Let’s face it, some places are just not meant for hockey, geographically and historically. Some people are just not interested in the game and would rather watch football or NASCAR. I can understand that money talks and that the buisness side of things take over 99% of the time but I think NHL bigwigs need to consider the people that actually buy the game rather than the people they’re trying to sell it to.

  9. IceColdSoda says:

    Relocation isn’t the answer either. Well, definitely not for Pittsburgh. We can support a hockey team. Just because they’ve had 2 bad years doesn’t mean that they can’t support a team. I’m offended, frankly.

    I hope they contract the Maple Leafs and replace them with the Maple Leaves. The name right now really means the “Toronto Maple Flip-through-the pages-of-a-book”.

  10. wingsrock34 says:

    they never should have got a team thats why people want them to go away

  11. Montrealsdogg says:

    Relocation isn’t the answer either. Well, definitely not for Pittsburgh. We can support a hockey team. Just because they’ve had 2 bad years doesn’t mean that they can’t support a team. I’m offended, frankly.

    i’m sorry, but how can you justify the team trading player’s like Jagr, Kovalev and Straka for player’s who wouldn’t make most of the other clubs rosters, and who make next to nothing? Practically everytime a player is getting close to making 2 mill, the team can’t afford to keep them. If the team really was being supported, they could afford a few premier players

  12. Gnashpred says:

    Detroit wants them to go away because the Predators are leading the season series 3-1.

  13. IceColdSoda says:

    Well that’s relatively easy to justify. The Penguins are a small market team. Large market teams are signing players for very large amounts of money. Pittsburgh, which doesn’t have that kind of money, has to trade away their good players who deserve that sort of money in order to actually have money, due to the inflated salaries caused by these big teams. As a result, they can’t afford anyone nearly as talented as Kovalev, Straka, and Jagr. Kovalev was traded because he couldn’t be afforded, Straka because the team had taken on a youth direction and he can’t produce without talented players around him, and Jagr because he was whiny (and still is). Therefore, the large market teams have caused the Penguins to trade their players. Now, once the new CBA comes into play, all of that will change, and the Penguins will be on the upper end due to their preparation.

    Having premiere players doesn’t necessarily equal a winning team, as can be seen by the Capitals, Rangers, and Stars this year.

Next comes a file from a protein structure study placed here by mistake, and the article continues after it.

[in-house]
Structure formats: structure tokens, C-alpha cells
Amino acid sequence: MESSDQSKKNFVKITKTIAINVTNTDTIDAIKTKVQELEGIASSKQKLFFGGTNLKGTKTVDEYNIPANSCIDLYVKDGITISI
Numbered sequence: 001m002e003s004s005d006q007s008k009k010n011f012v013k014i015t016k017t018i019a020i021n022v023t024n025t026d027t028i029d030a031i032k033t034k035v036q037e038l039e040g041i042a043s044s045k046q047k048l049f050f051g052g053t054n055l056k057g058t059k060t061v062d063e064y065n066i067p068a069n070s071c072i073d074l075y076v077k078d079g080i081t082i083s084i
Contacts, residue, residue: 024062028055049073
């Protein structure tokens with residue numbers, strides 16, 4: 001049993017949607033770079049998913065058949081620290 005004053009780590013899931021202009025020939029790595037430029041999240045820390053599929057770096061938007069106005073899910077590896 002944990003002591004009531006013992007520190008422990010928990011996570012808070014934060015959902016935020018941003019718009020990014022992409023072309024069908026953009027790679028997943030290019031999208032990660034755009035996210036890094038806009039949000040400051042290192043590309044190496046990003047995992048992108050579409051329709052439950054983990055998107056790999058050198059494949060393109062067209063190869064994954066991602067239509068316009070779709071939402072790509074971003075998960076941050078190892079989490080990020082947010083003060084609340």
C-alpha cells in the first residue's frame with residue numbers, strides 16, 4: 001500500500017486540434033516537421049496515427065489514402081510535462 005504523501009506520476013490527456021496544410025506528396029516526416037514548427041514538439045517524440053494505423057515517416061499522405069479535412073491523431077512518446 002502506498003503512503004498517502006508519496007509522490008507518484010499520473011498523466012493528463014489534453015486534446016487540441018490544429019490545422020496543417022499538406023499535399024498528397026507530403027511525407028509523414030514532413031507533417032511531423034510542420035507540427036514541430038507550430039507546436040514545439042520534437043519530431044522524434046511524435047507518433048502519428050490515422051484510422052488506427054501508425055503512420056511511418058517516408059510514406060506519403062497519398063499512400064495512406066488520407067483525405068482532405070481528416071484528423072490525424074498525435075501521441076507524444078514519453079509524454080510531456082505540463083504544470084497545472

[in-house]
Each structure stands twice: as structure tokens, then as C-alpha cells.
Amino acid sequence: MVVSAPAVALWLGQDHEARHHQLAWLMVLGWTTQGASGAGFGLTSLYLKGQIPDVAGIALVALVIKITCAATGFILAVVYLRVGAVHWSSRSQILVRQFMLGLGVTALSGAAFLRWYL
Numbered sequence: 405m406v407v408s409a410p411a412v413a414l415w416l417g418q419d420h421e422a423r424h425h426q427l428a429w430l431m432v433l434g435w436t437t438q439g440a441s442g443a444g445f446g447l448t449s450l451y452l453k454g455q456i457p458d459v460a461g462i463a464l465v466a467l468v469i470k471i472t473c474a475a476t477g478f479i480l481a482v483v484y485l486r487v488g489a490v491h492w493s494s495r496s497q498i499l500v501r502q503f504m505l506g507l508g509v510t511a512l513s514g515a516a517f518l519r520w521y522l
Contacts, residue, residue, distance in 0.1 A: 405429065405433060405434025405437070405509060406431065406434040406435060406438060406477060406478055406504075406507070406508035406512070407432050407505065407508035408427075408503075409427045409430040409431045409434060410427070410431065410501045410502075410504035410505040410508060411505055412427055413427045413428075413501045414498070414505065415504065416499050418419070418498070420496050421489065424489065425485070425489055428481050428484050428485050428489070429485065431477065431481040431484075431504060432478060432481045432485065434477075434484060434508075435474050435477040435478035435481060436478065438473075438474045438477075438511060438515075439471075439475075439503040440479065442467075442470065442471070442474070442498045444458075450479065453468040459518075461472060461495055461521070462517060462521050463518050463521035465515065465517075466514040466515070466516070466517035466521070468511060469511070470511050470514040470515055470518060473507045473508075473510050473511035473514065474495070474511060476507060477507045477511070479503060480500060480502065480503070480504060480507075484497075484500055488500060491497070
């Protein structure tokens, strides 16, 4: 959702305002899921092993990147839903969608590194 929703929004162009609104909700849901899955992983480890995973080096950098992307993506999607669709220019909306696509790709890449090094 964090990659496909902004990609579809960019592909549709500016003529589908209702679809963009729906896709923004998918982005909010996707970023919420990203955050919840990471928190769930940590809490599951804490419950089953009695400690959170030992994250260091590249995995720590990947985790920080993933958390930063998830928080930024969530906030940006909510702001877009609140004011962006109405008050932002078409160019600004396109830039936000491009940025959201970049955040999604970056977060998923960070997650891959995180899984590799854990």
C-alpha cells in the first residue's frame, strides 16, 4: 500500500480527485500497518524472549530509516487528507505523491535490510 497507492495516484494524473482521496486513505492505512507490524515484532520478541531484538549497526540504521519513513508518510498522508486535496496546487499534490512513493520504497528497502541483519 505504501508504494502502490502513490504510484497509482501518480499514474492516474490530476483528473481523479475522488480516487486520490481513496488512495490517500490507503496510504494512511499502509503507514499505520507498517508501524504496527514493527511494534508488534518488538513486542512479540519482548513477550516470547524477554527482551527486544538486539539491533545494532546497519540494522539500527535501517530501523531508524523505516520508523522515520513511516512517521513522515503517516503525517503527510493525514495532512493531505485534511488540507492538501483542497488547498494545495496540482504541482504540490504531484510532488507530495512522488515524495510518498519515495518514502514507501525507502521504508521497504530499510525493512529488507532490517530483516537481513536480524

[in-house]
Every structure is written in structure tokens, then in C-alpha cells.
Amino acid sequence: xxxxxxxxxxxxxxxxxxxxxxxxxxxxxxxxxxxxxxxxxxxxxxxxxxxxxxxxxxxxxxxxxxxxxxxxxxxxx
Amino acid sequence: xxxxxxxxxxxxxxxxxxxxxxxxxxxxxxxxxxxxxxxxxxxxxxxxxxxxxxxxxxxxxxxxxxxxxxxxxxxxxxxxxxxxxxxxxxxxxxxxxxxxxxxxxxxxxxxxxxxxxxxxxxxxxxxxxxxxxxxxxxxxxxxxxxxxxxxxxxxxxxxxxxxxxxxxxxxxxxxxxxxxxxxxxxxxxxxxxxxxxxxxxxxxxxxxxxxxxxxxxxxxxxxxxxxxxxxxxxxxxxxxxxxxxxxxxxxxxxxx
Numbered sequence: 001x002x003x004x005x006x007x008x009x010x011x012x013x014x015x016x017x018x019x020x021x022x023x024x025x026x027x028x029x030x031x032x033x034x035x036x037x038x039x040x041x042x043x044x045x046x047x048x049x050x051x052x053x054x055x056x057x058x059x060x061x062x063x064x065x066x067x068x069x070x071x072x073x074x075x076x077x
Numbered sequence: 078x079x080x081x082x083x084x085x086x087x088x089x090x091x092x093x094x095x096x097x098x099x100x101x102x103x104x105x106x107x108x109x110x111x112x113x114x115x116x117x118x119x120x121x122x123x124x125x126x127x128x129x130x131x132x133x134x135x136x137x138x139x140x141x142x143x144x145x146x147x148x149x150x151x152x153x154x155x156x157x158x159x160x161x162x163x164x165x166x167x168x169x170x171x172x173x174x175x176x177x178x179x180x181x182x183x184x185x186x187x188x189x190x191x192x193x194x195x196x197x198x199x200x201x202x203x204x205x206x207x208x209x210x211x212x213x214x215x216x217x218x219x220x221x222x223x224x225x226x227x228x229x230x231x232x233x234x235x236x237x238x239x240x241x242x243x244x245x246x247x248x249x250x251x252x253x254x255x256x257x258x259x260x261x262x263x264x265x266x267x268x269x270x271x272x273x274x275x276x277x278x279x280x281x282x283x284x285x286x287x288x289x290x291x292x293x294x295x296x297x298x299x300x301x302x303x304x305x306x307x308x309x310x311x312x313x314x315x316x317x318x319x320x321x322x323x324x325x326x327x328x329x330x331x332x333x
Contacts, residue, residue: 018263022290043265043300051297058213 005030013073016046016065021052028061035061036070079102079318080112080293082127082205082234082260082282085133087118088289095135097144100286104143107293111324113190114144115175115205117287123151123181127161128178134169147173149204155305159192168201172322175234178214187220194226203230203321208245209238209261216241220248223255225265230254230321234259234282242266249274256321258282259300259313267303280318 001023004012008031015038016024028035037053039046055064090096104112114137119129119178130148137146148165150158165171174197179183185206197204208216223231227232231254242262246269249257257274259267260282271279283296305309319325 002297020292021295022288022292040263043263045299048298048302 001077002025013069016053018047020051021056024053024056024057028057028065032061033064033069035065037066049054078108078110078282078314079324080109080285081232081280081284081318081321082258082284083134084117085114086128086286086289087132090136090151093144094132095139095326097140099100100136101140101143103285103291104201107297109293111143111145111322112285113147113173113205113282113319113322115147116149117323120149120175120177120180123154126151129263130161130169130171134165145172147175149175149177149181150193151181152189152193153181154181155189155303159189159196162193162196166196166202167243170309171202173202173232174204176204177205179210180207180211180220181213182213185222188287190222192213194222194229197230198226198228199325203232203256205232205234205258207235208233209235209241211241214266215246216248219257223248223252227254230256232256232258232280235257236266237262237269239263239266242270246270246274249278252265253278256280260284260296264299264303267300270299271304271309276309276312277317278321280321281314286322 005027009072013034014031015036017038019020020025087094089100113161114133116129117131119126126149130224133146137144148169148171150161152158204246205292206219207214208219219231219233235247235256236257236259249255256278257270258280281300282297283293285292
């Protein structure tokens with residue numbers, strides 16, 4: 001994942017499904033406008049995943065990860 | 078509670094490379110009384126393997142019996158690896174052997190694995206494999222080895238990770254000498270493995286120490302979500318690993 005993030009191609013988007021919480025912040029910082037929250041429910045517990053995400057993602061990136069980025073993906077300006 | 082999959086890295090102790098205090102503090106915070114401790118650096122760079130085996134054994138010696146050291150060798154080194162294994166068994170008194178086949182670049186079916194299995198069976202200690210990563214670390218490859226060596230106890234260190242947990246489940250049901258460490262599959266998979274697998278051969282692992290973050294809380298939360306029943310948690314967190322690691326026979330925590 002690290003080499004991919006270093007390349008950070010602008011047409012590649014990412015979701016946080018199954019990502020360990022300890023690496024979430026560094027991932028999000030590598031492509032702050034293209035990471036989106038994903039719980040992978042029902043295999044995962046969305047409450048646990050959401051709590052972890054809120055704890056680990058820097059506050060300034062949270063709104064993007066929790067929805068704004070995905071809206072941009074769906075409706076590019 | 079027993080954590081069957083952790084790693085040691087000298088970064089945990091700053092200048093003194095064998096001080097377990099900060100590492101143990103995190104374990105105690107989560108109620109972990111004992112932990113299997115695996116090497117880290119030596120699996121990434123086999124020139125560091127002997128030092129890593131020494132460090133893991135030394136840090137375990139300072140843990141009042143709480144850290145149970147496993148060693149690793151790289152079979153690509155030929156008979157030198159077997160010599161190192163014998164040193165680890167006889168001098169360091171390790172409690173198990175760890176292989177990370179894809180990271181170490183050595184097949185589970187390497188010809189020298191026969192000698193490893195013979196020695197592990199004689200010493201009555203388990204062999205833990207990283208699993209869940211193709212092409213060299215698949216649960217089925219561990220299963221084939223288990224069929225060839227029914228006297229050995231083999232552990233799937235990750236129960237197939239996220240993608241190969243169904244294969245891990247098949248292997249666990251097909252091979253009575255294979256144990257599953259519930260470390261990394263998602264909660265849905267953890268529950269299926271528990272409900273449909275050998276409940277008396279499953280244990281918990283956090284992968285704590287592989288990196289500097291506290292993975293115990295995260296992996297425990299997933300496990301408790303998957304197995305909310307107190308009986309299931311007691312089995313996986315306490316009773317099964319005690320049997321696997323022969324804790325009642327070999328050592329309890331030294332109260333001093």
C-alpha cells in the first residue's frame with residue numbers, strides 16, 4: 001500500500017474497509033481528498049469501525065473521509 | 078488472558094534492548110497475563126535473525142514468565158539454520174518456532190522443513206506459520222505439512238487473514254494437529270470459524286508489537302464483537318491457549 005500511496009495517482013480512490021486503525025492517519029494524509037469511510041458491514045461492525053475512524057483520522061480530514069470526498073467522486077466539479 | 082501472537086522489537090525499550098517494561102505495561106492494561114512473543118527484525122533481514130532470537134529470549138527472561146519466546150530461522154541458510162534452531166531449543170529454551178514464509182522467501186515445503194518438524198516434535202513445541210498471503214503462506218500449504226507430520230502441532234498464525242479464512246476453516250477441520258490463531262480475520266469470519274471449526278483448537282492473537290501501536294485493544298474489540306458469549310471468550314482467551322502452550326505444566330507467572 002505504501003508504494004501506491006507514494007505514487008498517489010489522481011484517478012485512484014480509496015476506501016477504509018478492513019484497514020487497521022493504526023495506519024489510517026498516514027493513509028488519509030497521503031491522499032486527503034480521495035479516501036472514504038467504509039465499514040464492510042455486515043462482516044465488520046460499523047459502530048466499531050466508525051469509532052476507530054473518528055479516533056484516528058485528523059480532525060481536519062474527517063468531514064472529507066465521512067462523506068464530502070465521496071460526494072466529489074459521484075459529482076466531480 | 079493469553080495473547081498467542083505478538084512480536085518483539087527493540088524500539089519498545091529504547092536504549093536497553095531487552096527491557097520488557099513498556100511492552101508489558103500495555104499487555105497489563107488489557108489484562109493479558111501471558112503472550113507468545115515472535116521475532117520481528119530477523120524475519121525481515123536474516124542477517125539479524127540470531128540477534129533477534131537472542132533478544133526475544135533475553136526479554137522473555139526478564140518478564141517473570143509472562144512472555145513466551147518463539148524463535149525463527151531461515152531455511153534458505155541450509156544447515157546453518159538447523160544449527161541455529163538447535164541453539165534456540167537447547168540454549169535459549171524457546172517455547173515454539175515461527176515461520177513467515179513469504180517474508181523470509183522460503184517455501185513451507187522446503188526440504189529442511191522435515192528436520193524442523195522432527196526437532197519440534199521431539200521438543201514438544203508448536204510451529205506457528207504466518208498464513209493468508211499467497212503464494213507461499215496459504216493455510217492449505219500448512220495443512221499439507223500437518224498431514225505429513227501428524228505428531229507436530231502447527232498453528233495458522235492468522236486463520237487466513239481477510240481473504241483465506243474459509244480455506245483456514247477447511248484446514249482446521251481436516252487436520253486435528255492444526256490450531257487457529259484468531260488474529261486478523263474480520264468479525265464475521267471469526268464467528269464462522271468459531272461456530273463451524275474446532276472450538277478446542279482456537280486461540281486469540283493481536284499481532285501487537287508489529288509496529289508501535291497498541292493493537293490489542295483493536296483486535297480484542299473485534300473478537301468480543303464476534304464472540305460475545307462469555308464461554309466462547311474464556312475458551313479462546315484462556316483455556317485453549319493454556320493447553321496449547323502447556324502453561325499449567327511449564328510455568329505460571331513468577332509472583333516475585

Haven’t you read ANY hockey articles on any sites by professional writers? ESPN.COM alone has featured a couple articles on how the Penguins are in great shape for the future. These are experts, not the uninformed people who post on these boards.

  14. PantherPaw says:

    The Panthers have a long contract with National Car Rental Center. I doubt the NHL or any other city will pay for that too. Any relocation or contraction effort will have to involve the NHL or another city paying damages for any arena built mainly for the purpose of playing hockey.

  15. distance7 says:

    The Panthers actually do a pretty good job of supporting their team. Everytime I check it’s between 15 and 18 thousand people at the games..but I could just be checking on special nights..

  16. distance7 says:

    The Penguins are only in good shape if Fleury turns out to be another Patrick Roy. They have alot of young, talented players. But, here’s the deal, if they don’t get a new arena, you WILL be talking about the Houston Penguins or the Winnipeg Penguins. I HOPE they stay in Pittsburgh, I think they’re getting screwed on an arena deal. Pittsburgh is a great sports city and it’d be terrible to see them shafted out of a team they’ve had for so long.

  17. Fuhr4ever says:

    1. The ESPN commercial never said that hockey was made in the US, it said that thursday night hockey, their program is. If you haven’t figured that out by now you’re just not intelligent enough that you ever will.

    2. As is evident by people like CW and so on, there are fans for these franchises. The majority of which are just not consumed enough by the game to be on here everyday or watch WJC. That may not just be limited to those markets, there’s a lot of teams not represented by fans on here.

    3. Some places that are “meant for hockey” apparently aren’t meant for the NHL. Someone with alot more foresight and background than you or I have decided that Nashville was a better spot for a team than any of the canadian markets who had lost a team over the years.

    4. Marketing hockey is hard on many fronts particularly due to the time of year it’s played. Quite frankly you can see by the proportion of airtime ESPN gives on sportscenter to hockey as opposed to basket ball. Even college baksetball gets more time on Sportscenter than hockey. Using that as a barometer, it’s easy to see why companies are apprehensive to market it aggressively.